Rich Table is one of our favorites and not only for the Sardine Chips. Unfortunately advanced planning is necessary if you want to go on a specific date and any time between 5:30pm and 9pm. Every once in a while, there will be reservations available within the 30 day mark, but only if you don’t mind eating after 9pm. Otherwise, it is well worth setting the alarm on my calendar for 30 days in advance of the reservation I am hoping for.
Rich Table was opened in 2012 by Evan and Sarah Rich, who met in New York while working at Bouley. When they came back to the Bay Area, he worked at Quince and she worked at Michael Mina before they coming together again at Coi. Michael Bauer says, “It shows how influences from other chefs pepper the menu, but the Riches take what they’ve learned and make it their own.”
There were five of us this evening and we had the great booth in the back. We were having trouble deciding what to order, so we went with the Chef’s Picks menu. This is done a bit differently than the usual family style prix fixe dinner. Sometimes, dishes were served in the traditional way, with a large plate in the middle and everyone taking a portion. Other times, we were each served an individual dish but of the same item. The idea was that you ate part of it and then traded dishes with someone else. Because we had an uneven number, we sometimes got three different items to share among the five of us. That was fun.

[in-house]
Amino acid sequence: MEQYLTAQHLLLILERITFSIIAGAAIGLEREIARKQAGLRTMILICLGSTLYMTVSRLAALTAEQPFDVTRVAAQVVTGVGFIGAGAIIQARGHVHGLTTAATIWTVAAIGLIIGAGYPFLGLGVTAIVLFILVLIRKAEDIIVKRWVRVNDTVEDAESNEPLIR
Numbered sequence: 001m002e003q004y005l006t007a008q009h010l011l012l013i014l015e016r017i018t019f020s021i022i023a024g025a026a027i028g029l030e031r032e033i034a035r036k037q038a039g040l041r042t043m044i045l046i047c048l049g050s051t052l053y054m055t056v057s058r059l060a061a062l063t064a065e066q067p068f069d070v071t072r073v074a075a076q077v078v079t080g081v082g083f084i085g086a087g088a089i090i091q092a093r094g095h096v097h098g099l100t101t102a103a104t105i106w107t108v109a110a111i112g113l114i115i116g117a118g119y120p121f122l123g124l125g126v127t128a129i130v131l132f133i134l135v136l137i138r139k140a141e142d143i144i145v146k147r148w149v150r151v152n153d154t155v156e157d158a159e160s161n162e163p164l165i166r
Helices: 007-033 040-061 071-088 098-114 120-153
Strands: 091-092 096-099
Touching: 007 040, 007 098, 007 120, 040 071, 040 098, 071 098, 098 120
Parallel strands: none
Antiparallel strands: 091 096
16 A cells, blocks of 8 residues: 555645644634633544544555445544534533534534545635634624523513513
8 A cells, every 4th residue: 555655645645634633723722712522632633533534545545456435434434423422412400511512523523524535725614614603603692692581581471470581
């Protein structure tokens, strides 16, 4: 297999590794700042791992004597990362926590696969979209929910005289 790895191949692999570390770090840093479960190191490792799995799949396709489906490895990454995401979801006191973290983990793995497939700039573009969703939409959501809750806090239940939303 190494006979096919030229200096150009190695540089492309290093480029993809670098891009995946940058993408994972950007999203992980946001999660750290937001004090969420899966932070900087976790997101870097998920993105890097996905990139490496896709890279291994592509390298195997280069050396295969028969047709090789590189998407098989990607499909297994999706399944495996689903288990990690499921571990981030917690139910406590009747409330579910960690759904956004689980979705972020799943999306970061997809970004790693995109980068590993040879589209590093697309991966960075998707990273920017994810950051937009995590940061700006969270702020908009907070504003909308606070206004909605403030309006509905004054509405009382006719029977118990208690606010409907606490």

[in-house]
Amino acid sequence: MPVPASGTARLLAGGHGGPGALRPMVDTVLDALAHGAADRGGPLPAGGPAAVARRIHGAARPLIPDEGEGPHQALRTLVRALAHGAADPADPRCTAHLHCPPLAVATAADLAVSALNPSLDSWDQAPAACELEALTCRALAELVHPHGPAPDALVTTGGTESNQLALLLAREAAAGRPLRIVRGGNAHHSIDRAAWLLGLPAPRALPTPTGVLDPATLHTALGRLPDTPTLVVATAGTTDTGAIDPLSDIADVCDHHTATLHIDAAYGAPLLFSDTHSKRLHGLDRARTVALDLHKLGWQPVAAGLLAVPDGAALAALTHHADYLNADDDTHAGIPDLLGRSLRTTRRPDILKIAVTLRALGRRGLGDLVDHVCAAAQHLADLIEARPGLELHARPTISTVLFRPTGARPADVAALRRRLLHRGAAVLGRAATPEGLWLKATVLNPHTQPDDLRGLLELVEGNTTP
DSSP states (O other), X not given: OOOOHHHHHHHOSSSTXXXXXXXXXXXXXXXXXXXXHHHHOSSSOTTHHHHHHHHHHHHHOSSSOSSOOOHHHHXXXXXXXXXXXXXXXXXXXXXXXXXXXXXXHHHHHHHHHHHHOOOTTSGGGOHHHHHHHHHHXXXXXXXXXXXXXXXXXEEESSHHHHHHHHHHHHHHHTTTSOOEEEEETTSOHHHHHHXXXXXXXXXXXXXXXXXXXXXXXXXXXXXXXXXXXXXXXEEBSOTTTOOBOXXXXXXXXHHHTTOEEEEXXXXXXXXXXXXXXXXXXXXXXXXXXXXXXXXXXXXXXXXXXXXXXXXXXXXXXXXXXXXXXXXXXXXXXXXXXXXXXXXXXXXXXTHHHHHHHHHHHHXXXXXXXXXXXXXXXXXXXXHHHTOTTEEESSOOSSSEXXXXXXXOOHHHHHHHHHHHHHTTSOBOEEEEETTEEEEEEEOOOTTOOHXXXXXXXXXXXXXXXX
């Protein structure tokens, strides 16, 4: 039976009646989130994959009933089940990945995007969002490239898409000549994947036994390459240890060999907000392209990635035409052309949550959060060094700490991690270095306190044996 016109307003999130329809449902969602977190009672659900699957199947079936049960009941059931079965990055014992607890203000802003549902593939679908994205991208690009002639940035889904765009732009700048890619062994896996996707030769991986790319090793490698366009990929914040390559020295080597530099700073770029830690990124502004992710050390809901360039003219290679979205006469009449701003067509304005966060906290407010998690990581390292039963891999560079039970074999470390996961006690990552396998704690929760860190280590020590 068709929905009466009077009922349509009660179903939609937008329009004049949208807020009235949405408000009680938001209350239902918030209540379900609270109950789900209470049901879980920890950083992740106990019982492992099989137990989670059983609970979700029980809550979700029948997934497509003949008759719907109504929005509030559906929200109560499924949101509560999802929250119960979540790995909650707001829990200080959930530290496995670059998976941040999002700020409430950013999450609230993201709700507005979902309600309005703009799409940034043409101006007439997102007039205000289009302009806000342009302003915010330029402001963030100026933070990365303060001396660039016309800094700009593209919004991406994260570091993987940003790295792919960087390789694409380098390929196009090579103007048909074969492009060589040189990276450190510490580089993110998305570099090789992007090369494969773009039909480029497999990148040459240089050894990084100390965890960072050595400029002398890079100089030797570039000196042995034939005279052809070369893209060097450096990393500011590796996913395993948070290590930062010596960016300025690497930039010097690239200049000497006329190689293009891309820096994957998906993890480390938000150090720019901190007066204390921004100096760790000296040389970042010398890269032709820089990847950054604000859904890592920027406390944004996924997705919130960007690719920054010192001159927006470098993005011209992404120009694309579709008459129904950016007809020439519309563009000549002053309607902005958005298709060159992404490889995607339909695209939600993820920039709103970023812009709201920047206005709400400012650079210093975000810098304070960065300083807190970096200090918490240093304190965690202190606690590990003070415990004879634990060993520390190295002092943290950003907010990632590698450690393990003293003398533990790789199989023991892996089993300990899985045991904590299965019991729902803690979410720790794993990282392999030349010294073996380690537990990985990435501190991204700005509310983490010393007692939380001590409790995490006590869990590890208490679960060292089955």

We had so much food that it’s hard to me to remark about each thing individually, so here is a list:
- Summer vegetables, goat cheese, berries, chicken skin
- Burrata, ajo blanco, sunflower, pluot, summer squash
- Tajarin, asparagus, trout roe, mitica sardo
- Soft shelled crab english pea lo mein, ginger, scallion, black pepper
- Rigatoni, brown butter, cotija, bee pollen
- Aged beef agnolotti, horseradish, pistachio, gouda
- Ricotta pierogis, creamed morels, pea chimichurri
- Lind cod, fermented blac k bean, apricot, yellow corn
- Aged NY strip, patatas bravas, romesco, caramelized garlic
- pork chop char siu, bok choy, peach mustard
- Dried porcini doughnuts, raclette
- Sardine chip, horseradish crème fraiche
- Pork pate, ramp kimch i avocado, grilled brea d
- Bittersweet chocolate panna cotta yogurt mousse, sorghum
- Strawberry shortcake buttermilk ice cream, cilantro